#189 Visiting ViX Technology: New roots of opportunity in transport technology

OFFICE PACE: Finding somewhere bright, collaborative, flat and focused can be hard. ViX Technology’s office design offers an interest place to reflect, explore and engage with the day-to-day work of building transportation systems. Essentially, the space seems to encourage collaboration, but it also gives room for solo sessions. In this piece, I bring a bit of a complex bundle of themes: a new framework (for comment), an overivew of ViX Technology’s offering, and what it means in practice.

Customer journeys are quite simple for commuters to imagine: have cash, find the service, pay, make the trip, use another mode and get to where-ever. However, for the organisations trying to develop solutions that aim to enhance the journey there are three layers which need to be deeply aligned with two customers: a client, and an end-user. The underlying service, systems and infrastructure inform a significant part of how end-users experience their journeys; and how clients identify, prioritise and design their needs. Transport users and businesses which offer solutions to the SSIe framework are changing at a pace slower than one might expect but faster than anyone can sense. 

SSIe Framework: The SSIe framework is one module of transport service design. Service offering is determined through understanding end-user needs. Systems are used to analyse and manage end-user needs and service performance. Infrastructure is the hardware, software, and knowledge needs which serve as a conduit between the service offering and the service design— this is what people experience, sense, feel and touch. Hence experience is essential for most transport entities— long, or short, anything that improves the quality-value dynamic (module 2) significantly improves the attractiveness and sustainability of a transport business. At least ideally.

ViX focuses on fare collection, which means they make it easier for transport companies to collect the money customers pay for the transport service they demanded. Why would this be important? Don’t all passengers pay their fares? 

This is due to what we in logistics management call the shrinking service window. As B2C, B2B and C2B services demands increase, faster than either partner can respond a service window starts to close because the demand to keep the “smoke” out gets higher— clients demand better quality air. Once they’ve tasted a slight improvement, and the benefits derived from better breathing becomes more obvious, then inherent, if not a norm, clients will indefinitely demand even better air quality.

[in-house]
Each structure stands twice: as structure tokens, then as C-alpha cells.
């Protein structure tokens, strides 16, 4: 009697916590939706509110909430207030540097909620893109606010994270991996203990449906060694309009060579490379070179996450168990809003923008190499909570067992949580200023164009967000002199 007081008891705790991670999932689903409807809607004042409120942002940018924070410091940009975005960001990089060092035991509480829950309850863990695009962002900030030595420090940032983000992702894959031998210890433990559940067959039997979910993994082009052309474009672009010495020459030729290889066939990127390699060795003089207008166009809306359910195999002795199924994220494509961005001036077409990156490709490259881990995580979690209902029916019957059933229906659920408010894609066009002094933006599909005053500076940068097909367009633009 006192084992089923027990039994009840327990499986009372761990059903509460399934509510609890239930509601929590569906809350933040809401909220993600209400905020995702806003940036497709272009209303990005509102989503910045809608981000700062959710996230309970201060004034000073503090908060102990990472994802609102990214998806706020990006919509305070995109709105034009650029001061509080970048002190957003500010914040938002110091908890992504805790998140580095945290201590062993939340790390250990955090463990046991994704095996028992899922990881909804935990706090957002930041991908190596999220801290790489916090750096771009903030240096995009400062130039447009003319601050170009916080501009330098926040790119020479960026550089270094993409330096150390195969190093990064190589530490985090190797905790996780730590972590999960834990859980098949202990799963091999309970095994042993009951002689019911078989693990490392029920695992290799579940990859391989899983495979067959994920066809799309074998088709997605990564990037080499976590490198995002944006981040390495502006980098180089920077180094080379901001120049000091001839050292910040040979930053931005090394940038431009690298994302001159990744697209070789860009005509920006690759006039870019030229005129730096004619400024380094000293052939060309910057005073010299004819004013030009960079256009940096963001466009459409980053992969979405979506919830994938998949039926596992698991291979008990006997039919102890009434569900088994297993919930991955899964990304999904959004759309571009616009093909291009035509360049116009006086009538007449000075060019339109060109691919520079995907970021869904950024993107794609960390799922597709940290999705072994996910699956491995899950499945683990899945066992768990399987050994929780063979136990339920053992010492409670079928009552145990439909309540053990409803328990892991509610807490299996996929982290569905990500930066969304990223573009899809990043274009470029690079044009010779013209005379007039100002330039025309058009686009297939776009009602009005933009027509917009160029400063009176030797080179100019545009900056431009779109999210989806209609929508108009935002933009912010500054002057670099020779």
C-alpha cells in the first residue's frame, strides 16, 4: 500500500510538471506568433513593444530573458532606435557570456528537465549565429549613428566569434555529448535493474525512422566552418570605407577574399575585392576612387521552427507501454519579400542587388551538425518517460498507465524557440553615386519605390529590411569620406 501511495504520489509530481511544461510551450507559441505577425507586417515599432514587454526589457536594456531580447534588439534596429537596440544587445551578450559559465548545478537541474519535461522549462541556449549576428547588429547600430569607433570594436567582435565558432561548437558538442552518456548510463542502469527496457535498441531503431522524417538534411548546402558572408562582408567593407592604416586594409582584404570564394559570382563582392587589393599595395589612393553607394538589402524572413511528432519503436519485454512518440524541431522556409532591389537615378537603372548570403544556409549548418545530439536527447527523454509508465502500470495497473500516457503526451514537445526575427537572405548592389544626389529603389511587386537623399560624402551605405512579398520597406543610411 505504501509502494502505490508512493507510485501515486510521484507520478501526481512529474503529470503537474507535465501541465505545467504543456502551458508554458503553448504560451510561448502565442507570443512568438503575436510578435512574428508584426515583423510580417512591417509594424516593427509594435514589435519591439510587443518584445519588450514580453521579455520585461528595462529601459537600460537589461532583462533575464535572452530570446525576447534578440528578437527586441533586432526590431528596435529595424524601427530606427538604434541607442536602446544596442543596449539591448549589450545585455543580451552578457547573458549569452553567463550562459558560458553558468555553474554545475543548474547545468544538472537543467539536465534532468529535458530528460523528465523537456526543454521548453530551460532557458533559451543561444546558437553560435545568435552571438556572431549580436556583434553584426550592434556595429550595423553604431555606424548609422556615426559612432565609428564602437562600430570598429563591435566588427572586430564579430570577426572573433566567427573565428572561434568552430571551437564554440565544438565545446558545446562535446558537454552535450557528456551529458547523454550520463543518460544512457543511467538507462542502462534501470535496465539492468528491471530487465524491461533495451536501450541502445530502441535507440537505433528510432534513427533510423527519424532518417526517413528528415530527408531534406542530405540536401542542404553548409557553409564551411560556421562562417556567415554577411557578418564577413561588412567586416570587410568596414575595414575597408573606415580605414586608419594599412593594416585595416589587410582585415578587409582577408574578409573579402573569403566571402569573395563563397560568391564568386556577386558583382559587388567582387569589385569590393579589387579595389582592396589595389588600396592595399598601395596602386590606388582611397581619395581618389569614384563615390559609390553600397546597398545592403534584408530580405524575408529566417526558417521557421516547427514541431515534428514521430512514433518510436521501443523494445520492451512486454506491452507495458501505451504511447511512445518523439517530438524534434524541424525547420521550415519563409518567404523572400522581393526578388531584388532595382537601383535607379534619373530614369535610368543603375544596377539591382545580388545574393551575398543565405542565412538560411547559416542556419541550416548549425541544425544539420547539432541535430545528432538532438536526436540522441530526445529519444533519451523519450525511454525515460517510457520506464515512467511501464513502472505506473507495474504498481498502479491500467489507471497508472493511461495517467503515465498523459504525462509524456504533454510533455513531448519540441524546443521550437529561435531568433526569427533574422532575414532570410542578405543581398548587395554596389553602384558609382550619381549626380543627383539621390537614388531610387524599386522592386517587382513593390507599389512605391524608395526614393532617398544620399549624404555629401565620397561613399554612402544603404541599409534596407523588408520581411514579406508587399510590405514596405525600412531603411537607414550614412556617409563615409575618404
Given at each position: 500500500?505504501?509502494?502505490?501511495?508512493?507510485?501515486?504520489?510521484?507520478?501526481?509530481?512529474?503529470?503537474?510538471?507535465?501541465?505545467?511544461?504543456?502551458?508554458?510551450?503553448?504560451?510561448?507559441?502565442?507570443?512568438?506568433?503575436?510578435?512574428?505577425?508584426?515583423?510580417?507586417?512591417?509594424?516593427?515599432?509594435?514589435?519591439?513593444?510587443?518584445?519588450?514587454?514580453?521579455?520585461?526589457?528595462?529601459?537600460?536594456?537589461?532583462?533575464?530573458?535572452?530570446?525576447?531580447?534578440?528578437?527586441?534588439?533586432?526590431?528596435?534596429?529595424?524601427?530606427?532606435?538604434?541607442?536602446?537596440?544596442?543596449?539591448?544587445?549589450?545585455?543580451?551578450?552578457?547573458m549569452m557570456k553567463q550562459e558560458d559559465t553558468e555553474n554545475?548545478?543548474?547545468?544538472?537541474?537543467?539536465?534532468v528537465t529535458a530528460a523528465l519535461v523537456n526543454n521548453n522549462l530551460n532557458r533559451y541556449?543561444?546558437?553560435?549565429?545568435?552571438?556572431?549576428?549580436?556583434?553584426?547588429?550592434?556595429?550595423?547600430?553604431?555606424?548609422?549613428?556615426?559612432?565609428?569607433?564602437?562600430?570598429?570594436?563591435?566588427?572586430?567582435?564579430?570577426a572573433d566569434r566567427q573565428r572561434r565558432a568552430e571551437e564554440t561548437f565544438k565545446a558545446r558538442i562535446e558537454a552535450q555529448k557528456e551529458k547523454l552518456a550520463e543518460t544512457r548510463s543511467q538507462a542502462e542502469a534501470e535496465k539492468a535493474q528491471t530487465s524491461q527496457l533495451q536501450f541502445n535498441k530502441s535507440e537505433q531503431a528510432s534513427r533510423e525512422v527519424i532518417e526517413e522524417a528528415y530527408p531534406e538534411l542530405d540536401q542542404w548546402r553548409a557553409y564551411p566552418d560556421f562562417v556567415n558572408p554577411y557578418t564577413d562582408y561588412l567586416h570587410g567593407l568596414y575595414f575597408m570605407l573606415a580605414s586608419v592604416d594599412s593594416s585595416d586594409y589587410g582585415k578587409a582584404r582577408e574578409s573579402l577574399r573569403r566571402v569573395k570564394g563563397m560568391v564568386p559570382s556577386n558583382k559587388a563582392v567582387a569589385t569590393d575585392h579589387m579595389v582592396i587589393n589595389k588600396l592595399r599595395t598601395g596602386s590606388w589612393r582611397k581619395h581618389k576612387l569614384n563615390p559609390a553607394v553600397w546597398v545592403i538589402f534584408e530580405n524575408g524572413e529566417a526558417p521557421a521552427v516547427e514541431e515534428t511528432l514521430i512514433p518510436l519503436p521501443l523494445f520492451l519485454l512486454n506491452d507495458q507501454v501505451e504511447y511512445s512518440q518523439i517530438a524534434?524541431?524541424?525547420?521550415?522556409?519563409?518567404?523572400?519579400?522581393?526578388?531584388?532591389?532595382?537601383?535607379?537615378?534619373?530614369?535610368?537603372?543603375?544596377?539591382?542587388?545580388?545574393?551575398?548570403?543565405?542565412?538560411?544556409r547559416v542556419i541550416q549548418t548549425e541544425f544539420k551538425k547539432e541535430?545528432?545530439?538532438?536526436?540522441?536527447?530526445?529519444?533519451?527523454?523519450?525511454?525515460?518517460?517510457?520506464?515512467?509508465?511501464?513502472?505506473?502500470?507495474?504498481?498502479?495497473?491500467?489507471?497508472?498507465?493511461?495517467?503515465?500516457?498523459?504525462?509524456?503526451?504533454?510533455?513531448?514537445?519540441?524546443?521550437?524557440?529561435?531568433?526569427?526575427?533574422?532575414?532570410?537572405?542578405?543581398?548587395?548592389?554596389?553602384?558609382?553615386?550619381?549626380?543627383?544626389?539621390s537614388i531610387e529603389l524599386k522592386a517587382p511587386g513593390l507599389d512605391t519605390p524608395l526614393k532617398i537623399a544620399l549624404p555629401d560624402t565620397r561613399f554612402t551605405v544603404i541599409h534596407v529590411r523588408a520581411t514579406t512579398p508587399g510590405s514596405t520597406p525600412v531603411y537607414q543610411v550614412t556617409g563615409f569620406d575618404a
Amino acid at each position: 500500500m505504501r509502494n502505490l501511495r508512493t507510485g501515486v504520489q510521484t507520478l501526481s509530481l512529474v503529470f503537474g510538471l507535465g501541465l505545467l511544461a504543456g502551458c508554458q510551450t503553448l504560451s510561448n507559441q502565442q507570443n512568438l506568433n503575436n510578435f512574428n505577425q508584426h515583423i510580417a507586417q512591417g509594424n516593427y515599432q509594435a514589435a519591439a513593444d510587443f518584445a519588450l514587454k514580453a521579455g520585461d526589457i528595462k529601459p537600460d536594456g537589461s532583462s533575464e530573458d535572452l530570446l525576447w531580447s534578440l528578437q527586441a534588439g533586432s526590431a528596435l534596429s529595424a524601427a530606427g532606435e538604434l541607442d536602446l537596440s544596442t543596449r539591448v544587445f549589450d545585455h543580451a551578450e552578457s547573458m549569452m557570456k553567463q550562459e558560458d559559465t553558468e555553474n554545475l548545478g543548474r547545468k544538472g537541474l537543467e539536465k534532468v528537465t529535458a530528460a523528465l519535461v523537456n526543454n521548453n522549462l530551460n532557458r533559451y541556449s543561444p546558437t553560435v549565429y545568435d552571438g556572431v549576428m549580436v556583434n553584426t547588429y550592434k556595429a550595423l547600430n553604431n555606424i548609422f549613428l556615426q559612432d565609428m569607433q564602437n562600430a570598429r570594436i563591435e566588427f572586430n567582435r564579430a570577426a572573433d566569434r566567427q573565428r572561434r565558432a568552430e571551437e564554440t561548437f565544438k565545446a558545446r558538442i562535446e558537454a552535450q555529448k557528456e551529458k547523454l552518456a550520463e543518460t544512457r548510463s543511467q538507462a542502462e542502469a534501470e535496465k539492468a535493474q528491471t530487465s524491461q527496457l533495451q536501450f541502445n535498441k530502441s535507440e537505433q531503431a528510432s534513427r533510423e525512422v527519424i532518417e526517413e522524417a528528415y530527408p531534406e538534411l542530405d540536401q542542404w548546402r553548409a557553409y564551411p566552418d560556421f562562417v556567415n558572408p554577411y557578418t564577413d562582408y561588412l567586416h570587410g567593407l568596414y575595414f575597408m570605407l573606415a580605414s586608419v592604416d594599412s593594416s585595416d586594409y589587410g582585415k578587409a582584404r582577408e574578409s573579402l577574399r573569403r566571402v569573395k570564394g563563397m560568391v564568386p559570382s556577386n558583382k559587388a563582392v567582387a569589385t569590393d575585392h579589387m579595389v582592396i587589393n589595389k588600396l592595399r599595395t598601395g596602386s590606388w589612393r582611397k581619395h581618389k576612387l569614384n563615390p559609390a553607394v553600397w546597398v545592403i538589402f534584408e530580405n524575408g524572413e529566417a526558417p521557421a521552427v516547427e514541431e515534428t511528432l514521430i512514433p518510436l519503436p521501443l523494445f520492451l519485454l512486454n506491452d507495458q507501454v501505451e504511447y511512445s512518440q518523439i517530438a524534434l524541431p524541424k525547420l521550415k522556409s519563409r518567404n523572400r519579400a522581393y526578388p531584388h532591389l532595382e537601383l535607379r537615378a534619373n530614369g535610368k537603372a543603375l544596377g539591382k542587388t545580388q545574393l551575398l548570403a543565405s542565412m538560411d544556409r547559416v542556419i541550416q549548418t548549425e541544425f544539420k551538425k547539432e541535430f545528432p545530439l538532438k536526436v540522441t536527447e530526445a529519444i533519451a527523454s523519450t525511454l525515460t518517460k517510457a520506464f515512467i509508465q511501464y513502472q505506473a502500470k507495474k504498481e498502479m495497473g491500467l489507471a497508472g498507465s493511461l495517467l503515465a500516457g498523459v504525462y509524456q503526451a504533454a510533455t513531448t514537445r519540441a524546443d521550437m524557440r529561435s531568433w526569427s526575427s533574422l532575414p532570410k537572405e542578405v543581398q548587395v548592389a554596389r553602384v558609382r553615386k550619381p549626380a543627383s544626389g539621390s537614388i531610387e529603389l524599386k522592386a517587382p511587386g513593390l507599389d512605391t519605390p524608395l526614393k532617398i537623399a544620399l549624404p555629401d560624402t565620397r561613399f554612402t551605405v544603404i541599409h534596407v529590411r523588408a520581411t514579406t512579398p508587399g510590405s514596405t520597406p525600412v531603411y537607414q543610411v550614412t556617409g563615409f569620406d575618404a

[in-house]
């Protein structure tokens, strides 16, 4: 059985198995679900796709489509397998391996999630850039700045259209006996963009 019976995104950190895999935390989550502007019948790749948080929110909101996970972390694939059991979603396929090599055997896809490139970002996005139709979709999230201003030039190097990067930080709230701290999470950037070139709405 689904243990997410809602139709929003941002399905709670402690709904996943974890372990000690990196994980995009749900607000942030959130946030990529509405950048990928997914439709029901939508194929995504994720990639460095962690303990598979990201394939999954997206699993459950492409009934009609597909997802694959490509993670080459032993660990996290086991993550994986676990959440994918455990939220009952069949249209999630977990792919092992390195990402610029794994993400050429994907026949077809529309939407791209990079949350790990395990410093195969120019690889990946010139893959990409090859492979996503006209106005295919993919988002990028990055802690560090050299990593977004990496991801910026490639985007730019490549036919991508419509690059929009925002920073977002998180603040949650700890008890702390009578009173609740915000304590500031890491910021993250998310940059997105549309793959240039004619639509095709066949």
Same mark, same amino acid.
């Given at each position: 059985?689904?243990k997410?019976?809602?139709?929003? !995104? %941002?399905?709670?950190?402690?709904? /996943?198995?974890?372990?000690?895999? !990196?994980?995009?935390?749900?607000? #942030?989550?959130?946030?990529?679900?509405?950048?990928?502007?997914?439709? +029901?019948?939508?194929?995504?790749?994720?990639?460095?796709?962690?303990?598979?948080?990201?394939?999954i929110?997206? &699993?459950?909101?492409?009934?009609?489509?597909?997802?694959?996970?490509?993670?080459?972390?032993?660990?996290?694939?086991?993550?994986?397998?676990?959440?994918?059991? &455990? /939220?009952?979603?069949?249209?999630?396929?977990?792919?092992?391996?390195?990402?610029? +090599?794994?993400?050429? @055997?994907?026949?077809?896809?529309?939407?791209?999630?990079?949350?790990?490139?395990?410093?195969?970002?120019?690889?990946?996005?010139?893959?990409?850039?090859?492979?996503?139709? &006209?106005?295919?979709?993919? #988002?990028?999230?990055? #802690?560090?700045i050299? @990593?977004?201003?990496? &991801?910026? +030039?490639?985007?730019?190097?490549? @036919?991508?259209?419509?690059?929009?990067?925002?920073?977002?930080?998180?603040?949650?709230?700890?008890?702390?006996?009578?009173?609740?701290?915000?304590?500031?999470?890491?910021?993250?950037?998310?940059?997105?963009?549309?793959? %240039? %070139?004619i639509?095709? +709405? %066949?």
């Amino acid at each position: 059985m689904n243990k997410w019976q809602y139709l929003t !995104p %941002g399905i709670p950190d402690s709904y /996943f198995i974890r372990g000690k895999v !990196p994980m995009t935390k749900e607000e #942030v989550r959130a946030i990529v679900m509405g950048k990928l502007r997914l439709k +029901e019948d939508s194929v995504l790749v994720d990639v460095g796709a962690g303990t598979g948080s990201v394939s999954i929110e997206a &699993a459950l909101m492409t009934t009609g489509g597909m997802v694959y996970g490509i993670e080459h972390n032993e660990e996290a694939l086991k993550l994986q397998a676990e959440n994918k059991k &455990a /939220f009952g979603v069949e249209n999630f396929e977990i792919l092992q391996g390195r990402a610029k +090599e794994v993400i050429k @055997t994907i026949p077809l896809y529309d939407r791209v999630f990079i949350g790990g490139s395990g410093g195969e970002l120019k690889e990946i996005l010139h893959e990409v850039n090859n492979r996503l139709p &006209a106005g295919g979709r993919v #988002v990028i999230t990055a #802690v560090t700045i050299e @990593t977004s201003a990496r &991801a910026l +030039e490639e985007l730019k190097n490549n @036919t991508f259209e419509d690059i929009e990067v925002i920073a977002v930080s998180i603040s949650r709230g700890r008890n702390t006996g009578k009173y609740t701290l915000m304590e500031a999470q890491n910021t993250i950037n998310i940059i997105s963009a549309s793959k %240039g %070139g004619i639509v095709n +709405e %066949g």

Technology companies have a similar effect on their clients, because they improve the economics of information. Like breathing, companies depend on information. Better quality knowledge about their business, customers and performance are handy assets which enable informed decisions for current and future opportunities and challenges. In the transport industry, most of our attention has been on new technology companies— the “disruptors”, the “early adopters”, the “young-startup”. However, most lessons about longevity may be found in the indispensable and durable companies who have been part of the tides, contributing to them and eventually leading them. 

We’re about to go in to dive into ViX Technologies, a company which is truly focused on the customer journey in a way that makes it essential, unusual and normal at the same time. ViX focuses on fare collection, which means they make it easier for transport companies to collect the money customers pay for the transport service they demanded. Why would this be important? Don’t all passengers pay their fares? 

Well, most people using public transport probably pay their fares because in minibus taxis there is no other option— everyone in your row paid: you must. There’s no escaping it. In mass-transit services which use a cash based system money leaks from the paying customer to the driver in a much more severe manner. Some drivers may collude with customers, or among each other to rake in some extra-income: at scale this affects business performance and distorts the internal workings of an organisation.